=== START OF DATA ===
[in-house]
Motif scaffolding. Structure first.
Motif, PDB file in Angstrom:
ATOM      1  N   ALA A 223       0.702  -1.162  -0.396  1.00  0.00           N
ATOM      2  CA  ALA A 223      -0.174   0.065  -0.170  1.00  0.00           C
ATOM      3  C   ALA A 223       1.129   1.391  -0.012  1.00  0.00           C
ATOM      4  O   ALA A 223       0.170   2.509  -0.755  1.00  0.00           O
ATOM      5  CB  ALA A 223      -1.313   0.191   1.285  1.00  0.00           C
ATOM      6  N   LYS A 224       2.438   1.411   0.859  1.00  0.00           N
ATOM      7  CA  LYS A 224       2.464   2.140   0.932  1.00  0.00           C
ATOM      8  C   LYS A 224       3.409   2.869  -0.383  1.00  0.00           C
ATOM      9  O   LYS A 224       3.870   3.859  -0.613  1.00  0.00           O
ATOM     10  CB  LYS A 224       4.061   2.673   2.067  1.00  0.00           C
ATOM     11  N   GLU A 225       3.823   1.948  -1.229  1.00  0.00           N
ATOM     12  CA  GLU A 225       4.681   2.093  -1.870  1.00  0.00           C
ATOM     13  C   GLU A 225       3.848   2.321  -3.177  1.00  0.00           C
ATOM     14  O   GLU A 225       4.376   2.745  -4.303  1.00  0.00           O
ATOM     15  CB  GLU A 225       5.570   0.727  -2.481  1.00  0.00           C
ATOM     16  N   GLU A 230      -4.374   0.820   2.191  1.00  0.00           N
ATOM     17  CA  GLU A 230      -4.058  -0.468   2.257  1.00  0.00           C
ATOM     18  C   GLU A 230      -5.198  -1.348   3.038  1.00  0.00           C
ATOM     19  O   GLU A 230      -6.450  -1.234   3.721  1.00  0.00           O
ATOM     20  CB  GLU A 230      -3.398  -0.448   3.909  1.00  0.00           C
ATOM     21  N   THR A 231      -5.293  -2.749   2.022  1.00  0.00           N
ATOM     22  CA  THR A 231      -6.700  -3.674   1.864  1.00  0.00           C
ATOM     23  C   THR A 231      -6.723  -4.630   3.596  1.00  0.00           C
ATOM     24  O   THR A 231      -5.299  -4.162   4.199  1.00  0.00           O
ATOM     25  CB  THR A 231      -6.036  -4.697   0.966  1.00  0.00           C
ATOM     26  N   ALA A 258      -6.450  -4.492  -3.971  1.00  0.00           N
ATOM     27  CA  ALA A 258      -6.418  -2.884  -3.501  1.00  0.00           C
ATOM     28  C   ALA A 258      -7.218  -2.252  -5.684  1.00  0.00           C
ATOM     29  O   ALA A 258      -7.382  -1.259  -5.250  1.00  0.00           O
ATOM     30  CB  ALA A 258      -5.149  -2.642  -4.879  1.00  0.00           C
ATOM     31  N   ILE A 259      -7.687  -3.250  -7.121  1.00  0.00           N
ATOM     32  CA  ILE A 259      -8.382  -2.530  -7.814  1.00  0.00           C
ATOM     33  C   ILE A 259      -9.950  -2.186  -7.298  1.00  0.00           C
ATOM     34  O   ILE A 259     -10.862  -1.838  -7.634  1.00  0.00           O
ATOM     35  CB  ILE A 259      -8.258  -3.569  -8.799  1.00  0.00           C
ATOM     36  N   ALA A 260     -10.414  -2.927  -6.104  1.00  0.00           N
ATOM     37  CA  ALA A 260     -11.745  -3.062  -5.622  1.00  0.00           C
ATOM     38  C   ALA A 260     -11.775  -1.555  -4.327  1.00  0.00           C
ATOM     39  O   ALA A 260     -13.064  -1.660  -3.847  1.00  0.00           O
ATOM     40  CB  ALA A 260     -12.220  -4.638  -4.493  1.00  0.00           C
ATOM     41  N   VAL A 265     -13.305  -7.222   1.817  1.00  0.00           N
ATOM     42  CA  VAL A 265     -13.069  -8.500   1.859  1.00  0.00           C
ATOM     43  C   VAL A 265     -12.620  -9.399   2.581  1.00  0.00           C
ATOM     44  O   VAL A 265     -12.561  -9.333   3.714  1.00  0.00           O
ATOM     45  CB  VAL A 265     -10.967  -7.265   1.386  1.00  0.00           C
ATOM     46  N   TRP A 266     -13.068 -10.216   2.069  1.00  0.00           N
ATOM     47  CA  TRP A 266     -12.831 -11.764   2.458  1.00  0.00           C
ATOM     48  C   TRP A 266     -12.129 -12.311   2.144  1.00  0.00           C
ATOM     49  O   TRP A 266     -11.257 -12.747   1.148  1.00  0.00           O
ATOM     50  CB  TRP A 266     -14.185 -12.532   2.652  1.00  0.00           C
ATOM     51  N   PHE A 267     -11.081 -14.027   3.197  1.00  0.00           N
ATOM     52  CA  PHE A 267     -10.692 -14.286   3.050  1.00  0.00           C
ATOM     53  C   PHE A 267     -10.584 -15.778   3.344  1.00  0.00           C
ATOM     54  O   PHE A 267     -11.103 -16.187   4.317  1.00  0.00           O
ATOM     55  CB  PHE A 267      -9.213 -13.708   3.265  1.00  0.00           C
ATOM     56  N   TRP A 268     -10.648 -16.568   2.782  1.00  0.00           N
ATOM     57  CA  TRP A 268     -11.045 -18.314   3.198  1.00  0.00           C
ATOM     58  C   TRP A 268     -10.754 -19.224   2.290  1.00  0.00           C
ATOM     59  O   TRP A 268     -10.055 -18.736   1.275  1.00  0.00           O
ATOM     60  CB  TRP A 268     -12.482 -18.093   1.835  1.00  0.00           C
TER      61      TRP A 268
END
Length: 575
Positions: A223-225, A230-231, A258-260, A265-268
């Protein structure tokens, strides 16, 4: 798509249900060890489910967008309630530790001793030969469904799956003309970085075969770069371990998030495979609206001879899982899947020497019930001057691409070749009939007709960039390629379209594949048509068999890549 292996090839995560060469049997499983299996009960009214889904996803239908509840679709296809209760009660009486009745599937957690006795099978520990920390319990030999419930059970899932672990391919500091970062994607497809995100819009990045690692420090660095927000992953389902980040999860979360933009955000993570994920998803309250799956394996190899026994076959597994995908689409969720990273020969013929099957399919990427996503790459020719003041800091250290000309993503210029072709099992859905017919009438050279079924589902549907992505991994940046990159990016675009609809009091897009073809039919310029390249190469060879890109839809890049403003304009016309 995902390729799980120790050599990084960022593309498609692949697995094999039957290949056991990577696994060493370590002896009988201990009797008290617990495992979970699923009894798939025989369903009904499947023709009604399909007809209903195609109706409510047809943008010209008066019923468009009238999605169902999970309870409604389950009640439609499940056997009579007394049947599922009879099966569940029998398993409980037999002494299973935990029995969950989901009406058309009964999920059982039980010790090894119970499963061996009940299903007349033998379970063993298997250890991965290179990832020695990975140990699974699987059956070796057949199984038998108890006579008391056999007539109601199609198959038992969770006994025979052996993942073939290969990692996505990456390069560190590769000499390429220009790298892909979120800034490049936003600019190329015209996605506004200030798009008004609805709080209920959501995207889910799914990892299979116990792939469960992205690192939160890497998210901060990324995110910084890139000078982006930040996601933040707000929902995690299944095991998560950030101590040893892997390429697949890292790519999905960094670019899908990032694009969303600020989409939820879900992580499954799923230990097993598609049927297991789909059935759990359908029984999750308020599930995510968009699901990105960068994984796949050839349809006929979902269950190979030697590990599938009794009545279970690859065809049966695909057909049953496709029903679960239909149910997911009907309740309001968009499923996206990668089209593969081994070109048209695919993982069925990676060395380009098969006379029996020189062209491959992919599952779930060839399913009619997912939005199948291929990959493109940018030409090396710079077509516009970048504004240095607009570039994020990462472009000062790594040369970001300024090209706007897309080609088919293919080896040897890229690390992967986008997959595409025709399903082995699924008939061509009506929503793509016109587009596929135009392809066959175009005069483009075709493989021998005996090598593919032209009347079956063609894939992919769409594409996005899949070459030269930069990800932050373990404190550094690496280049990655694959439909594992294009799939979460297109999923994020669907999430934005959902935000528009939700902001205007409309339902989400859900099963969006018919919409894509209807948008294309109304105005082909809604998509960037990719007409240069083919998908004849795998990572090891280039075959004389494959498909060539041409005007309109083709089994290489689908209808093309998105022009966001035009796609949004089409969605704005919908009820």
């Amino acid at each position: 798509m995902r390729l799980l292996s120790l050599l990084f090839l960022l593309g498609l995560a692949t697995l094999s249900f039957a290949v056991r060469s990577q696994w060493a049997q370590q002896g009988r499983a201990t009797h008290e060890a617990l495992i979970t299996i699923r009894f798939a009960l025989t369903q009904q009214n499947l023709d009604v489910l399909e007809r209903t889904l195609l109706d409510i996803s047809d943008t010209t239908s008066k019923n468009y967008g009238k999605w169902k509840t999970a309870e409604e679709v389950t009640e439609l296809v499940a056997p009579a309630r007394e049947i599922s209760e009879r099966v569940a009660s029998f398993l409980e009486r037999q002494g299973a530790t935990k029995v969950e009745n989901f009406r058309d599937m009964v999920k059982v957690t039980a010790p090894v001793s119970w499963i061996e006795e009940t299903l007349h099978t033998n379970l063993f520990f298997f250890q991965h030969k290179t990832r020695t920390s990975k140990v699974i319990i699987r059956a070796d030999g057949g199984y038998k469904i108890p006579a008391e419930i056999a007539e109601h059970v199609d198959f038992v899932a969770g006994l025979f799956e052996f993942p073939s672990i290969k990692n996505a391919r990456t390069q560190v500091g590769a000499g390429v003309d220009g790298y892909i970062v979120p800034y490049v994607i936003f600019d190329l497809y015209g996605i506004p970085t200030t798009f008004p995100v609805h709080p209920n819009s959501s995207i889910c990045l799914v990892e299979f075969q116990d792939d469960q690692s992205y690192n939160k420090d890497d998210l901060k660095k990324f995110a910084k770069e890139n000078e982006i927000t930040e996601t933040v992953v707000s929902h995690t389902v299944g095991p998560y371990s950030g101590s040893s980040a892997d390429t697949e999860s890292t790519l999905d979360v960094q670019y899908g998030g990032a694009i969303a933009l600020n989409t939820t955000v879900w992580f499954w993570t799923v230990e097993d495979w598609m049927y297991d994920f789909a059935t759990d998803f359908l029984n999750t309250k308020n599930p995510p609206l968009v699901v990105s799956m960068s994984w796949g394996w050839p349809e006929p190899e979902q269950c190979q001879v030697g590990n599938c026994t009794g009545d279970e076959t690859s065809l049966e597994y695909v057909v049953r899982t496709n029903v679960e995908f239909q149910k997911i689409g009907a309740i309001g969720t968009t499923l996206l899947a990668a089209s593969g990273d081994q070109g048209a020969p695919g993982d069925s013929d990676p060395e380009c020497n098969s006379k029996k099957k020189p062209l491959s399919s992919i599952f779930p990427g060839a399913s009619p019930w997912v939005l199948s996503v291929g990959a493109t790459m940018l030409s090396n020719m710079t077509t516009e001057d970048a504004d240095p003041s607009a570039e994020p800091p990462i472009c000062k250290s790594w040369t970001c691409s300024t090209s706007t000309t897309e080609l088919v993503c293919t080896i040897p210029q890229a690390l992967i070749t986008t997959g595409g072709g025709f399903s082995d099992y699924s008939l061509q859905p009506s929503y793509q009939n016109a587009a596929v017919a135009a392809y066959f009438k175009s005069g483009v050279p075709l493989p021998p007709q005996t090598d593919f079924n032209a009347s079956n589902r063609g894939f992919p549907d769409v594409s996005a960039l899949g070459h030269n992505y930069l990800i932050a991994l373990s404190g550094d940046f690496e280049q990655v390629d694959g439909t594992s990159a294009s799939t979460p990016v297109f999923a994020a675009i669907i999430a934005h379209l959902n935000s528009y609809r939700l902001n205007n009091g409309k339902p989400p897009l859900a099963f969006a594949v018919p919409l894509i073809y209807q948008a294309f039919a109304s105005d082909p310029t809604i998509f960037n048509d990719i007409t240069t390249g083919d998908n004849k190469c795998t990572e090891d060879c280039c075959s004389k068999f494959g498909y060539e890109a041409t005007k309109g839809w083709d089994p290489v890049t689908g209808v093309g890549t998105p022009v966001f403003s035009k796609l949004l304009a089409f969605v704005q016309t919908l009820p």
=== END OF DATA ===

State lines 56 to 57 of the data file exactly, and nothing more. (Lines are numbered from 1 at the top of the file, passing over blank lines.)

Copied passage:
ATOM     53  C   PHE A 267     -10.584 -15.778   3.344  1.00  0.00           C
ATOM     54  O   PHE A 267     -11.103 -16.187   4.317  1.00  0.00           O